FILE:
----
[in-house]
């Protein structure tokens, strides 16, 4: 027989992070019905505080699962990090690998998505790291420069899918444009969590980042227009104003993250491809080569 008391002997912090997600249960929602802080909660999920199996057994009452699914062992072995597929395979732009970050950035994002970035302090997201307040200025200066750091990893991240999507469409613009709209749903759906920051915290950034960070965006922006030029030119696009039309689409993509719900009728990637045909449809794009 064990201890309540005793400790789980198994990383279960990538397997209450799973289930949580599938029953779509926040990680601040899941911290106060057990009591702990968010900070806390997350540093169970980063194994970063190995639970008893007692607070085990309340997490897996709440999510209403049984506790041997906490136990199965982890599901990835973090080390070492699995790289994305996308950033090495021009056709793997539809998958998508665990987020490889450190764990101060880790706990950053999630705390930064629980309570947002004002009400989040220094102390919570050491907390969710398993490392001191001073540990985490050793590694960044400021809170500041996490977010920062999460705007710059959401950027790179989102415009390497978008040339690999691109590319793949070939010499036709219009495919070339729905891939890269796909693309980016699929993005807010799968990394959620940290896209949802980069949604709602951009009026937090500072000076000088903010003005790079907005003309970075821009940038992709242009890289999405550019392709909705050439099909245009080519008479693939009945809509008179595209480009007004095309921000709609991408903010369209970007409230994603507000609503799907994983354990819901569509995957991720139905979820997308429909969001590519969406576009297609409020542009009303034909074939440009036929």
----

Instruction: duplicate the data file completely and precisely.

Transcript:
[in-house]
């Protein structure tokens, strides 16, 4: 027989992070019905505080699962990090690998998505790291420069899918444009969590980042227009104003993250491809080569 008391002997912090997600249960929602802080909660999920199996057994009452699914062992072995597929395979732009970050950035994002970035302090997201307040200025200066750091990893991240999507469409613009709209749903759906920051915290950034960070965006922006030029030119696009039309689409993509719900009728990637045909449809794009 064990201890309540005793400790789980198994990383279960990538397997209450799973289930949580599938029953779509926040990680601040899941911290106060057990009591702990968010900070806390997350540093169970980063194994970063190995639970008893007692607070085990309340997490897996709440999510209403049984506790041997906490136990199965982890599901990835973090080390070492699995790289994305996308950033090495021009056709793997539809998958998508665990987020490889450190764990101060880790706990950053999630705390930064629980309570947002004002009400989040220094102390919570050491907390969710398993490392001191001073540990985490050793590694960044400021809170500041996490977010920062999460705007710059959401950027790179989102415009390497978008040339690999691109590319793949070939010499036709219009495919070339729905891939890269796909693309980016699929993005807010799968990394959620940290896209949802980069949604709602951009009026937090500072000076000088903010003005790079907005003309970075821009940038992709242009890289999405550019392709909705050439099909245009080519008479693939009945809509008179595209480009007004095309921000709609991408903010369209970007409230994603507000609503799907994983354990819901569509995957991720139905979820997308429909969001590519969406576009297609409020542009009303034909074939440009036929």